"Perhaps you should consider…having someone tutor you in English? You speak it well enough, my lady, but that is only one part of it."
Anne nodded. "Yes. Yes, that sounds like a wonderful idea. But-"
"What, my lady?"
Anne frowned at her.
"I mean- what, Anne?"
"I…do not wish for the court to know that I am not knowledgeable of the visual portion of their language."
Else understood. Her betrothed informing half his court- loudly- that he did not "like" her was humiliating enough. She did not want anyone thinking she was stupid, as well as ugly.
"I shall endeavor to enlist someone who is…inconspicuous."
"Else, what would I do without you?"
"Not have tea, I suppose." Another knock came at the door. Else hustled through the chambers to answer the door. The young man was bowing and holding a tray of tea steady at the same time. She was duly impressed.
"What is your position?" Else took the tray and inhaled the steam.
"In the castle?" The young man winked, and Else blushed. Again. "Junior steward, madam."
"Have you been assigned to these chambers?"
"Yes. I hope to be of service."
Else looked him up and down. Clean, reasonably well-dressed. Mostly likely educated. "And your name…?"
"Jack, madam. Jack Dreskin."
"Pleased to make your acquaintance."
"The pleasure is all mine."
"Else?" the call came from within the next room. Jack smiled and winked – again – and Else blushed – again.
"Best be seeing to your mistress, miss."
"Best to." With that, Else ducked away and strode into the study, where Anne was sitting. She smiled.
"Chatting up that handsome young man, were you?"
"Simply making sure he is suitable for servicing us."
Anne grinned widely. "I think he's quite suitable indeed. After all, we maidens are quite in need of servicing."
"Have I offended your delicate sensibilities?"
"You should not talk like that!"
Anne shrugged. "Let us see if the English tea is halfway decent."
Anne, formerly of Cleves, was due to be married in two weeks and she could not yet read a word of English.
"Something must be done, Else," she declared.
"Fear not, my lady, I have arranged for a…private tutor." Her companion straightened Anne's voluminous skirts.
Anne arched an eyebrow. "How private is private?"
"I promise that not a soul in the court will find out about it."
"The walls in these castle are thin indeed, Else."
"Perhaps, but the walls of your chambers are stone. Wonderfully solid stone."
Anne smiled. "Who have you arranged for?"
Else grinned back and flounced to the door. "He shall be meeting us here very shortly."
Anne arched an eyebrow. "He?"
A gentle knock rapped on the door. The two ladies looked up, alert.
"Else?" Anne prodded. "Might that be he?"
"That might very well be he." Else opened the door. "Ah, Master Dreskin. Right on time."
"Pride is a sin, but if I were a sinner I would be proud of my punctuality." The head servant bowed low. "Your Majesty."
"I am not a Majesty quite yet," Anne corrected, and Jack lifted his head. "I am still a lady. Just a lady."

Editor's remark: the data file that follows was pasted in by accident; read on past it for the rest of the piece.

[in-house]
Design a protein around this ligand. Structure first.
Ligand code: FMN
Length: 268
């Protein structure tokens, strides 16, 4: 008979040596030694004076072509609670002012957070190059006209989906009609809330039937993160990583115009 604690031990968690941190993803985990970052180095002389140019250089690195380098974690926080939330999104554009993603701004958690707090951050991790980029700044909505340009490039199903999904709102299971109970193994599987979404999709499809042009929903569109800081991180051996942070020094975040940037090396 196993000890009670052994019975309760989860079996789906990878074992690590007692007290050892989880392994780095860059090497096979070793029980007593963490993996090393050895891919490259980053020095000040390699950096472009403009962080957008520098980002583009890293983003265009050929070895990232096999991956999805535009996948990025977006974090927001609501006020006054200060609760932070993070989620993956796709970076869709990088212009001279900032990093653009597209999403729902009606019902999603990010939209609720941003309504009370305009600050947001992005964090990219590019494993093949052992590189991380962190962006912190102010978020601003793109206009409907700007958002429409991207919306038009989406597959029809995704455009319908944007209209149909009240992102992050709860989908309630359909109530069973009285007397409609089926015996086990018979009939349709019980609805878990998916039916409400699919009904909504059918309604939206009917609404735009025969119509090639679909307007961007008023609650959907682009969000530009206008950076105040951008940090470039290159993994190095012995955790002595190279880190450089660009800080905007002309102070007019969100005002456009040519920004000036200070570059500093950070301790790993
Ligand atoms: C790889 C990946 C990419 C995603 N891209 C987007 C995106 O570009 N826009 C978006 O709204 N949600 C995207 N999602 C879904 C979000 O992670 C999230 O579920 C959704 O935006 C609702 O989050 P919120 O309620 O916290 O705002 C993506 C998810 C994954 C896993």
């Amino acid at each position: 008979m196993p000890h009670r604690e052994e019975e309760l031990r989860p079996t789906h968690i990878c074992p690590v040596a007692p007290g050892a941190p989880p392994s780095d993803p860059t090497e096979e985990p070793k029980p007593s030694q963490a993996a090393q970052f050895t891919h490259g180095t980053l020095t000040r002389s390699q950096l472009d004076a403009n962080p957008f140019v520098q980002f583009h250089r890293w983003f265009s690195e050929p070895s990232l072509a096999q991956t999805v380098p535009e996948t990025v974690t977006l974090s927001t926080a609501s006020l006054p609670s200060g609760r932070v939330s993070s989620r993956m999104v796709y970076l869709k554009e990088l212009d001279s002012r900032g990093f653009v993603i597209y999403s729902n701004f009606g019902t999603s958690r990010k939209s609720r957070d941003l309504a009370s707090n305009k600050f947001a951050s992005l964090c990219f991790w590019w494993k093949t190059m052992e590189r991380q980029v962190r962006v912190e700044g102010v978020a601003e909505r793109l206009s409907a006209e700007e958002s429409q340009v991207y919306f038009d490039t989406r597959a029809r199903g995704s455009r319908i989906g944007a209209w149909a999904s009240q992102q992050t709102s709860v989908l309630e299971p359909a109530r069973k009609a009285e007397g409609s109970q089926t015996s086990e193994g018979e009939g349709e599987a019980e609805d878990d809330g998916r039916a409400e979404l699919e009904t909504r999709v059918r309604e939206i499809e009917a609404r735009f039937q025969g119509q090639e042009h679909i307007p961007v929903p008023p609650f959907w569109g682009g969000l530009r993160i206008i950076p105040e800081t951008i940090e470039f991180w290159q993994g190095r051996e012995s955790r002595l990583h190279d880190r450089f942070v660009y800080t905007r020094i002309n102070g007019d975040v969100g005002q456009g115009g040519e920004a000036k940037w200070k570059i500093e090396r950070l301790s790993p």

"You will always be a lady, madam."
"Thank you." Anne glanced at her lady-in-waiting. "Else? Is this the one?"
"I was told that I was to help you along in learning to read English?" Jack's accent was clipped and cheerful.
Anne smiled graciously. "That would be wonderful."
Anne, formerly of Cleves, was due to be married in one week, and she had made an impressive amount of progress on reading the language of her soon-to-be-adopted country.
"Else – another candle." Anne turned the page quietly, night streaming through the window. With the advent of the extra light, Else could see the dark circles under her mistress's eyes. Out and about all day greeting English folk who had come from miles around to see the queen-to-be and up all night learning.
"My lady," Jack interrupted. "You look fatigued. Perhaps we have done enough for the night?"
Anne shook her head stubbornly. "I will be awake for another hour – two, perhaps. We will work until then."
Jack and Anne continued work quietly, Anne reading aloud softly and Jack correcting her occasionally. Else sat in the corner and sewed. Suddenly, a knock on the door interrupted their peace.
All three looked up in surprise. Anne motioned, and Else quickly walked out of the room and through Anne's quarters to the main entrance. Anne could hear the low murmur of voices. She was halfway to her feet when Else skittered in.
"The king, madam," she whispered frantically. "He says he has stopped by to greet you. He saw the candles – knows you're still awake. I said that you needed a moment to prepare to receive him properly."
The two women glanced at Jack, who looked very nervous indeed. Any man found in the bedchambers of the king's betrothed would face severe penalties – especially one of such low station, as Jack was.
"My lady?" Else prompted. "What should we do?"
"In the bedroom," Anne decided. "Get under the bed, Jack."
Without a moment's hesitation, the junior steward dashed into the most sacrosanct bedchamber in the kingdom of England and slid ungracefully under the enormous bed.